This is a trend in capitalist globalisation, when from 1971 to 1991, the 
world's 500 largest multinationals increased their revenues by 700 percent 
without increasing the number of workers they employed globally.

BHP's job cuts are not the result of inefficiencies or loss making. They 
are the result of a ruthless strategy to continually drive up profits.

Over the past three years the rhetoric of shareholder value has dominated 
BHP's senior management.

Initially, an ideology from the US emerging in the '80S, shareholder value 
principles are being used to reshape BHP, a corporation generating huge 
amounts of capital.

Previously this capital was allocated under an older capitalist strategy of 
retaining and reinvestment. This retention of capital provided the basis of 
corporate growth, through investment in capital equipment.

Two problems emerged for BHP under this regime. One was the growing 
complexity of managing an increasingly globalised and diverse corporation. 
The other was intense international competition.

Due to the huge amounts of capital tied up in steelmaking processes and the 
over-production of steel internationally, steel companies struggled to gain 
a five percent return on capital invested.

Although BHP Steel is a profitable steel company, BHP's rate of return on 
capital in mineral commodity resources, oil and natural gas is around 15 
percent.

Last year BHP's profits from oil increased by 471 per cent to over $1.1 
billion.

In the maximisation of profit and the distribution of massive portions of 
that profit to senior managers and shareholders BHP might compete with the 
other steel companies, but not with the rate of return of BHP's mineral and 
oil divisions.

Farewell to stakeholder unionism

In the steel industry BHP has sought co-operation with the unions during 
the last ten years.

A sophisticated industrial relations strategy was directed at steelworkers 
to incorporate them into BHP's objectives, to have them believe they are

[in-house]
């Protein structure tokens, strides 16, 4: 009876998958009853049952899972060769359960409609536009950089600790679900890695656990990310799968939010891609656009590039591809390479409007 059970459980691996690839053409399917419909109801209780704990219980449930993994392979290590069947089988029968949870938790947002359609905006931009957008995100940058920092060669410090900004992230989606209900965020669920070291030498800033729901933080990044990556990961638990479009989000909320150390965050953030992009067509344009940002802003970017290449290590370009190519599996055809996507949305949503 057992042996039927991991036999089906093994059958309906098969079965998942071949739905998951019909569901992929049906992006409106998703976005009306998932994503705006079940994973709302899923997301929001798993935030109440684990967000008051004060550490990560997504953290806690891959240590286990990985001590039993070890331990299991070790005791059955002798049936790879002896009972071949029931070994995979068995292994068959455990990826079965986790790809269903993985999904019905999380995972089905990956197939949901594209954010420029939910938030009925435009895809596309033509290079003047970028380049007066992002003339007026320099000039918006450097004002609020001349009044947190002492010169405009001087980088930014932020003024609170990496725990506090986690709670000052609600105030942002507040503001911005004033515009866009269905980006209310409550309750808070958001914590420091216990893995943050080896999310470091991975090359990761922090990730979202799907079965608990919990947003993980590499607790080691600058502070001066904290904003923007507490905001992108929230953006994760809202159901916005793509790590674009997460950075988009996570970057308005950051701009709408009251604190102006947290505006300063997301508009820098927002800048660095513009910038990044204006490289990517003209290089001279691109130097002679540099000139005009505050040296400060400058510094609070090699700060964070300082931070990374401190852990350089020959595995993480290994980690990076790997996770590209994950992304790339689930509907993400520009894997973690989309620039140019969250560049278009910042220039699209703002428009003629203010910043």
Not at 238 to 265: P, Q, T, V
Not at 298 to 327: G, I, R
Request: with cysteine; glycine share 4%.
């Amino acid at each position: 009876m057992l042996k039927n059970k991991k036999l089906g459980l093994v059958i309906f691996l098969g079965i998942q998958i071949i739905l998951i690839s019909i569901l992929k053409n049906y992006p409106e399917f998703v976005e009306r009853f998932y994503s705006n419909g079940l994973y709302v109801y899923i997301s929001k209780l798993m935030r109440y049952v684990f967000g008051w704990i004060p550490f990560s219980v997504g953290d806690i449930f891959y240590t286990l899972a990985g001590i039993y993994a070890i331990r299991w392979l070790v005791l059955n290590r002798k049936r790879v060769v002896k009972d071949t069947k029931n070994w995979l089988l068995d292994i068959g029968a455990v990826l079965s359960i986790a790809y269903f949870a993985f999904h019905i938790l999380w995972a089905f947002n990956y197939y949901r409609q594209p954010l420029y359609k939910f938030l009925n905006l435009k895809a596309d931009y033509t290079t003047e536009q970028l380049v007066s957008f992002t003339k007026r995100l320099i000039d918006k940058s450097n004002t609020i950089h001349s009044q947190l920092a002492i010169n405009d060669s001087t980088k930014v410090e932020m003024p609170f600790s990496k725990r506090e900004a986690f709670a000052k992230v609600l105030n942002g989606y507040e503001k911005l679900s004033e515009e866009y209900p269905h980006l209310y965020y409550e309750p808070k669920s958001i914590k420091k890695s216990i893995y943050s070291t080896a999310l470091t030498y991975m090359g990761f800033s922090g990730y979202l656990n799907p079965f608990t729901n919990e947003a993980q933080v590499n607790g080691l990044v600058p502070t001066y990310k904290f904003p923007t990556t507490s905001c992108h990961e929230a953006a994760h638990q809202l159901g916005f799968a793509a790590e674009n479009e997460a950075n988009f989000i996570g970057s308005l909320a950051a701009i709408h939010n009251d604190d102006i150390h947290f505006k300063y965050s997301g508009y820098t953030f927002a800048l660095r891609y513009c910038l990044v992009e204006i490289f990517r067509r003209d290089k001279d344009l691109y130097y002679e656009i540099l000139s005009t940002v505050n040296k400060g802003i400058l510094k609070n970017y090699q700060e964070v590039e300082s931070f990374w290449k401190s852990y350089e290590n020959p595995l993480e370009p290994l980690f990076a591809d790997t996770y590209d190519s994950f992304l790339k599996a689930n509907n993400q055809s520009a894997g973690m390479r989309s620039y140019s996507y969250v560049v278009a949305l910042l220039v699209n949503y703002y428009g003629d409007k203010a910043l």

stakeholders in the company.

Consultative committees, management selected representatives, quality 
circles, work teams, worker shareholding schemes and "fact finding" 
overseas missions for union officials have been utilised to bypass worker 
resistance against work intensification and job loss.

The trading off working conditions and jobs for wage rises increased the 
pressure on workers and ultimately did not save jobs, although BHP 
propaganda attempted to link higher productivity with improved wages and 
job security.

Ten years of "stakeholder unionism" has produced an unmitigated disaster 
for rank and file steelworkers. After all the sacrifices, the loss of jobs, 
the speed-ups, one worker doing two and three jobs, there is now less 
security and more job losses than ever before.

And where will it all end? What of the future?

Listen to Brad Mills, BHP Chief Strategic Officer who was quoted as saying 
that BHP would end its involvement in steelmaking "if we get to the point 
where we thought it would create more value as an independent company ... 
the company is always looking at ways to maximise value."

A militant alternative strategy is desperately needed to protect the 
security of steelworkers, the future of the steel industry and to create 
equitable development for the coal and steel regions.

But we must begin with an understanding that there can be no co-operation 
with greed and exploitation and that finally workers have no stake in an 
unjust capitalist system that every day slips deeper into crisis.